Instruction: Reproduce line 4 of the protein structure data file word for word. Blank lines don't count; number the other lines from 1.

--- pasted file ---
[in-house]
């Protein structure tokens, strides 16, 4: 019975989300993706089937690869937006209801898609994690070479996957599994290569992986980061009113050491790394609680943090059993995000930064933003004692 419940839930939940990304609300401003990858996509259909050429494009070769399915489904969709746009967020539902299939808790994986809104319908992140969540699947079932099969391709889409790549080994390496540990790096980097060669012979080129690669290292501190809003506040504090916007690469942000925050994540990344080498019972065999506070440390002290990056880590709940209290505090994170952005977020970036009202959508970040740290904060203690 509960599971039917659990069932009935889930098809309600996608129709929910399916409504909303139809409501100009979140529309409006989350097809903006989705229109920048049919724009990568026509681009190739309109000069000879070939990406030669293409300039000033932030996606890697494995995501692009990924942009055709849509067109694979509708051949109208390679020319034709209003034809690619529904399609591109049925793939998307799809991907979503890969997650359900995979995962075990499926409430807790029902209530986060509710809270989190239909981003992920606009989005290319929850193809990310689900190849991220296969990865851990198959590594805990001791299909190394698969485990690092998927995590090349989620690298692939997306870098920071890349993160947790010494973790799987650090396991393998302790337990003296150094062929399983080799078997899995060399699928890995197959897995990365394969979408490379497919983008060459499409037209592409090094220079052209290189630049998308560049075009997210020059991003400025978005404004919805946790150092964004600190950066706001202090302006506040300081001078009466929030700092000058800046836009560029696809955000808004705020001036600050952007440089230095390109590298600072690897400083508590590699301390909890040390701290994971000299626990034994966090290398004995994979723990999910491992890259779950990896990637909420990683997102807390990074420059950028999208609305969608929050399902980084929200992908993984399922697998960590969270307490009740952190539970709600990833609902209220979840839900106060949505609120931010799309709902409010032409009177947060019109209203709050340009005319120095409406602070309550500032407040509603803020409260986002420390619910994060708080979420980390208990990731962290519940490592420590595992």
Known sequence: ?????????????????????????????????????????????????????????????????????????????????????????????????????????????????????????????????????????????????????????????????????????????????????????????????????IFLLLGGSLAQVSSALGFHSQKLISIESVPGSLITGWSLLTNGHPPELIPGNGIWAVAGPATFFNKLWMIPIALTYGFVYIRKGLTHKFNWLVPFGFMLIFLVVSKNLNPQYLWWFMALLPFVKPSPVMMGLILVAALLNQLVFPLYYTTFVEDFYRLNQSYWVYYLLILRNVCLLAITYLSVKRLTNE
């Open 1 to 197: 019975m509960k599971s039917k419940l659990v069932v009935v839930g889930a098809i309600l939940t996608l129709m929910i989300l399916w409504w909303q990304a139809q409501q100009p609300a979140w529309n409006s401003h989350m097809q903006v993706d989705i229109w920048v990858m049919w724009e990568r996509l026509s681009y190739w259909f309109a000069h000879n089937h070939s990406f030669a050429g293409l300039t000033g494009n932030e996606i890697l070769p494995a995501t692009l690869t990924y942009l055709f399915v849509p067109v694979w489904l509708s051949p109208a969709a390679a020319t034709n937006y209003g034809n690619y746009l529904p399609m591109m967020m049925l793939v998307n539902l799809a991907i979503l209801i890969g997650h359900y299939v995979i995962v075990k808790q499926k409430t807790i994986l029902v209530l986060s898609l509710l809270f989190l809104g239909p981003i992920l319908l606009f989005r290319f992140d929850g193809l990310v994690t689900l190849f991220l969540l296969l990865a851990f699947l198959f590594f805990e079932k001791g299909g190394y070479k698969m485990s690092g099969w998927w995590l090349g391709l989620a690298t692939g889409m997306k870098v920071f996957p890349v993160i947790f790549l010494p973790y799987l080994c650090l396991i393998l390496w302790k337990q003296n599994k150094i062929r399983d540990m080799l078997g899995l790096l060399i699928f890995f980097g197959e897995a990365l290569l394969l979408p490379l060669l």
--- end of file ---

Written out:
């Open 1 to 197: 019975m509960k599971s039917k419940l659990v069932v009935v839930g889930a098809i309600l939940t996608l129709m929910i989300l399916w409504w909303q990304a139809q409501q100009p609300a979140w529309n409006s401003h989350m097809q903006v993706d989705i229109w920048v990858m049919w724009e990568r996509l026509s681009y190739w259909f309109a000069h000879n089937h070939s990406f030669a050429g293409l300039t000033g494009n932030e996606i890697l070769p494995a995501t692009l690869t990924y942009l055709f399915v849509p067109v694979w489904l509708s051949p109208a969709a390679a020319t034709n937006y209003g034809n690619y746009l529904p399609m591109m967020m049925l793939v998307n539902l799809a991907i979503l209801i890969g997650h359900y299939v995979i995962v075990k808790q499926k409430t807790i994986l029902v209530l986060s898609l509710l809270f989190l809104g239909p981003i992920l319908l606009f989005r290319f992140d929850g193809l990310v994690t689900l190849f991220l969540l296969l990865a851990f699947l198959f590594f805990e079932k001791g299909g190394y070479k698969m485990s690092g099969w998927w995590l090349g391709l989620a690298t692939g889409m997306k870098v920071f996957p890349v993160i947790f790549l010494p973790y799987l080994c650090l396991i393998l390496w302790k337990q003296n599994k150094i062929r399983d540990m080799l078997g899995l790096l060399i699928f890995f980097g197959e897995a990365l290569l394969l979408p490379l060669l």